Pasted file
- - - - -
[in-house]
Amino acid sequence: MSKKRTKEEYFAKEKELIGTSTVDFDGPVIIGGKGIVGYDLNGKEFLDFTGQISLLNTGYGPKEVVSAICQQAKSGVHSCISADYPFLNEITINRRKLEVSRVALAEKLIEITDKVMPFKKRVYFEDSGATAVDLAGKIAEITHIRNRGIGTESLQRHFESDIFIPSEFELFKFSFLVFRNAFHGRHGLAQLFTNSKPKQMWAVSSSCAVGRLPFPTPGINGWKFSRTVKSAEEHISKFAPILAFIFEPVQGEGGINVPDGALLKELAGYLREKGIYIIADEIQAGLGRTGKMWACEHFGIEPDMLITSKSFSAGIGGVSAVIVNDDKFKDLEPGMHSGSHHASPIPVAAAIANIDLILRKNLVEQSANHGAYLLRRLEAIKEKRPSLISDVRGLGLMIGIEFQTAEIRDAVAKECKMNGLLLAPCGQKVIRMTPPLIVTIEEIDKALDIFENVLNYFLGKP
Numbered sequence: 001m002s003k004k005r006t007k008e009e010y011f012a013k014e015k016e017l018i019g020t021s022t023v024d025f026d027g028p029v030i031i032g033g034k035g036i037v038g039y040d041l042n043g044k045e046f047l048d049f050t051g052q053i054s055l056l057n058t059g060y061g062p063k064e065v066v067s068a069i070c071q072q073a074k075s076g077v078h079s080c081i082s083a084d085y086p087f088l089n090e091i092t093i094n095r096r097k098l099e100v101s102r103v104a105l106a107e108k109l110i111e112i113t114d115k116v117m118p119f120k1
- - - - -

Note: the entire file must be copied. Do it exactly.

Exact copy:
[in-house]
Amino acid sequence: MSKKRTKEEYFAKEKELIGTSTVDFDGPVIIGGKGIVGYDLNGKEFLDFTGQISLLNTGYGPKEVVSAICQQAKSGVHSCISADYPFLNEITINRRKLEVSRVALAEKLIEITDKVMPFKKRVYFEDSGATAVDLAGKIAEITHIRNRGIGTESLQRHFESDIFIPSEFELFKFSFLVFRNAFHGRHGLAQLFTNSKPKQMWAVSSSCAVGRLPFPTPGINGWKFSRTVKSAEEHISKFAPILAFIFEPVQGEGGINVPDGALLKELAGYLREKGIYIIADEIQAGLGRTGKMWACEHFGIEPDMLITSKSFSAGIGGVSAVIVNDDKFKDLEPGMHSGSHHASPIPVAAAIANIDLILRKNLVEQSANHGAYLLRRLEAIKEKRPSLISDVRGLGLMIGIEFQTAEIRDAVAKECKMNGLLLAPCGQKVIRMTPPLIVTIEEIDKALDIFENVLNYFLGKP
Numbered sequence: 001m002s003k004k005r006t007k008e009e010y011f012a013k014e015k016e017l018i019g020t021s022t023v024d025f026d027g028p029v030i031i032g033g034k035g036i037v038g039y040d041l042n043g044k045e046f047l048d049f050t051g052q053i054s055l056l057n058t059g060y061g062p063k064e065v066v067s068a069i070c071q072q073a074k075s076g077v078h079s080c081i082s083a084d085y086p087f088l089n090e091i092t093i094n095r096r097k098l099e100v101s102r103v104a105l106a107e108k109l110i111e112i113t114d115k116v117m118p119f120k1